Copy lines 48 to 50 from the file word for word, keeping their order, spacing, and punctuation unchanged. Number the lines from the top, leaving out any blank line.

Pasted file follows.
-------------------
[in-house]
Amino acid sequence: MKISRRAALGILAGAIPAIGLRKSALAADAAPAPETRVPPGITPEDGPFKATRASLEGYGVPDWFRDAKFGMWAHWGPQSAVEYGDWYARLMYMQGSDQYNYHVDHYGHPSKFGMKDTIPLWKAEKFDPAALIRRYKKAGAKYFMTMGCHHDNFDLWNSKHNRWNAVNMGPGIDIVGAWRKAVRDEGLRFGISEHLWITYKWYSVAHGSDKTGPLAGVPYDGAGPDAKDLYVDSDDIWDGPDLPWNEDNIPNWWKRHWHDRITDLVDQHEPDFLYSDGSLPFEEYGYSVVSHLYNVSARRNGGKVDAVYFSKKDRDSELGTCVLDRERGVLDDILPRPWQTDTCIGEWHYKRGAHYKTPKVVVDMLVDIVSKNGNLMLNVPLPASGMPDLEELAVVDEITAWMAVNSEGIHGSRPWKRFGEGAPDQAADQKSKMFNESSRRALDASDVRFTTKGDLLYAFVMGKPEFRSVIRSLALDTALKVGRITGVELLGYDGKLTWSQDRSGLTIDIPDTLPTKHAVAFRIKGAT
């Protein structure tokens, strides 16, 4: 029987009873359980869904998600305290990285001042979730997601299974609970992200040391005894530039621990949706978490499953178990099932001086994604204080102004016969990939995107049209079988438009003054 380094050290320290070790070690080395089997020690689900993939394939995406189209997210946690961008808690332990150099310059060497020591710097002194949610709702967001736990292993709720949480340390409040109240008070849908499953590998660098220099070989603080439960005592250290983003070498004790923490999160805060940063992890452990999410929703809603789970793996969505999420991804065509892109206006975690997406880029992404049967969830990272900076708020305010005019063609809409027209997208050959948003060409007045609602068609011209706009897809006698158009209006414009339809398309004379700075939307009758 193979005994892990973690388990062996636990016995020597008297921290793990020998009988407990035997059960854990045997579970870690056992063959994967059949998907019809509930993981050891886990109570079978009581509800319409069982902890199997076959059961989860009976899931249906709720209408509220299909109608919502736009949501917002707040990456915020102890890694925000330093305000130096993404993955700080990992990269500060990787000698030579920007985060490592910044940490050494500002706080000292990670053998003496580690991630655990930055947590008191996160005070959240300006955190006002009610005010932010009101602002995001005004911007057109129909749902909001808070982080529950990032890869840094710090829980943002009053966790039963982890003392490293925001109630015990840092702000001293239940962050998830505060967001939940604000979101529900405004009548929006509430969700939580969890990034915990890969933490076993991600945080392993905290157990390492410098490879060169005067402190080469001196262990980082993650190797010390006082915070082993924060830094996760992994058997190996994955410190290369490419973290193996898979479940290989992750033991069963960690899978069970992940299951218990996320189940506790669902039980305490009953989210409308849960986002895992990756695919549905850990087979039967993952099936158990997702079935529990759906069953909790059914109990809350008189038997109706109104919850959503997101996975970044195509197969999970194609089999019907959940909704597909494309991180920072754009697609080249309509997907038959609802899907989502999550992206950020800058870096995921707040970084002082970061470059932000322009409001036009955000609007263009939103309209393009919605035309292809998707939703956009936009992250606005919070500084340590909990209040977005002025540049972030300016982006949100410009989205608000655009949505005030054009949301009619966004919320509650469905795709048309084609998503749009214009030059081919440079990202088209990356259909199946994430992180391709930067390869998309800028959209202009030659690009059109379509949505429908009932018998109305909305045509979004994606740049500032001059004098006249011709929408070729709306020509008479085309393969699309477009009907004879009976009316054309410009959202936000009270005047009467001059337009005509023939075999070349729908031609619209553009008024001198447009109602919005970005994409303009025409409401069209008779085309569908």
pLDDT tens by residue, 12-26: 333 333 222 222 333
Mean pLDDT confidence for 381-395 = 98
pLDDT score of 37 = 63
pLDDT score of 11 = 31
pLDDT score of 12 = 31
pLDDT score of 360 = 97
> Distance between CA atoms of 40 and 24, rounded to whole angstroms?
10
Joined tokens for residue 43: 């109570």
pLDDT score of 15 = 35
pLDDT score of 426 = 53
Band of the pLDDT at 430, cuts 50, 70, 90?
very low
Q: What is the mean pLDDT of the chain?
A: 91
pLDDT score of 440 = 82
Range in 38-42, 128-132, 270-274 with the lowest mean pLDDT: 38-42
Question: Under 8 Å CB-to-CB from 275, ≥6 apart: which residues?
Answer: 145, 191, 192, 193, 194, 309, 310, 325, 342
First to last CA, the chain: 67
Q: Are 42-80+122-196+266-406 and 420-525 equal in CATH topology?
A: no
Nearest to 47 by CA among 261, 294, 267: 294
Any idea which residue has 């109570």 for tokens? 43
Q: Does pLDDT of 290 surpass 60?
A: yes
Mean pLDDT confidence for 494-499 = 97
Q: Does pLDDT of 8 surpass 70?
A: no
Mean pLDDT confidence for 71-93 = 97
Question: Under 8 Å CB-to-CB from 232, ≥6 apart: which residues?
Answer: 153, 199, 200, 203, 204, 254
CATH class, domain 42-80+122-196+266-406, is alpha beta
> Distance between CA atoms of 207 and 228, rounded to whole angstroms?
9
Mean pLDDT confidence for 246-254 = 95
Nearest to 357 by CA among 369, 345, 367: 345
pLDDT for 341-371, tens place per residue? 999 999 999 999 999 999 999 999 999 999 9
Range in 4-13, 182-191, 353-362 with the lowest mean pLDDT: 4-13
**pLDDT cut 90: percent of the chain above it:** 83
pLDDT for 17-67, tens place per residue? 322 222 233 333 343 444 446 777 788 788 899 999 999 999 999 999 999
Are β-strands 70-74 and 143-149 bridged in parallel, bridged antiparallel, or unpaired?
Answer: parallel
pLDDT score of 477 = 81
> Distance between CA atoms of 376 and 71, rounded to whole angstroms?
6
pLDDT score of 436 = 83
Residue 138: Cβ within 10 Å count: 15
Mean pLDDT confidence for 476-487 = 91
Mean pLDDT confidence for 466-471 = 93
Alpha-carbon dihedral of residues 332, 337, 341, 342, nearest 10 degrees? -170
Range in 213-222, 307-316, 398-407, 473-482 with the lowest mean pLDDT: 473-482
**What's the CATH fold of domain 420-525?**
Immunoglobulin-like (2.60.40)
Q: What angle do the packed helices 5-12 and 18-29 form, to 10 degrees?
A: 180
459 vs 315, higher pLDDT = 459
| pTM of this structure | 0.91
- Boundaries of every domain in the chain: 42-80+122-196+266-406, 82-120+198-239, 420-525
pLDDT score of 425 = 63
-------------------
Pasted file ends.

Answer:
> Distance between CA atoms of 376 and 71, rounded to whole angstroms?
6
pLDDT score of 436 = 83